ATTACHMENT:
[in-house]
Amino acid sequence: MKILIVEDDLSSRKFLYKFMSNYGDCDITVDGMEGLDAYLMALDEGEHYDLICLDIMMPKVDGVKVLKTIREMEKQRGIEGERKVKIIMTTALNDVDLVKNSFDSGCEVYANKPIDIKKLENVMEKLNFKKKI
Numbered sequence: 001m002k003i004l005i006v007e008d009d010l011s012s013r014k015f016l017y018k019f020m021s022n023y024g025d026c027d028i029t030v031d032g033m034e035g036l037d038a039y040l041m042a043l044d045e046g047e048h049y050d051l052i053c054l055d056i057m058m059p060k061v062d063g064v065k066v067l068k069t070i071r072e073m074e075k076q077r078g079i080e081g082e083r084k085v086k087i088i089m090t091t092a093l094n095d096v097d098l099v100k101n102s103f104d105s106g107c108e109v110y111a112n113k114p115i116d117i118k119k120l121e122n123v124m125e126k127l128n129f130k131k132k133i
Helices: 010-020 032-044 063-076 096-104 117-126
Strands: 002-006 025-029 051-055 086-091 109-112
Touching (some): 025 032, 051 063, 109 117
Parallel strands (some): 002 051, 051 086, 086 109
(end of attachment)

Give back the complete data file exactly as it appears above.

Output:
[in-house]
Amino acid sequence: MKILIVEDDLSSRKFLYKFMSNYGDCDITVDGMEGLDAYLMALDEGEHYDLICLDIMMPKVDGVKVLKTIREMEKQRGIEGERKVKIIMTTALNDVDLVKNSFDSGCEVYANKPIDIKKLENVMEKLNFKKKI
Numbered sequence: 001m002k003i004l005i006v007e008d009d010l011s012s013r014k015f016l017y018k019f020m021s022n023y024g025d026c027d028i029t030v031d032g033m034e035g036l037d038a039y040l041m042a043l044d045e046g047e048h049y050d051l052i053c054l055d056i057m058m059p060k061v062d063g064v065k066v067l068k069t070i071r072e073m074e075k076q077r078g079i080e081g082e083r084k085v086k087i088i089m090t091t092a093l094n095d096v097d098l099v100k101n102s103f104d105s106g107c108e109v110y111a112n113k114p115i116d117i118k119k120l121e122n123v124m125e126k127l128n129f130k131k132k133i
Helices: 010-020 032-044 063-076 096-104 117-126
Strands: 002-006 025-029 051-055 086-091 109-112
Touching (some): 025 032, 051 063, 109 117
Parallel strands (some): 002 051, 051 086, 086 109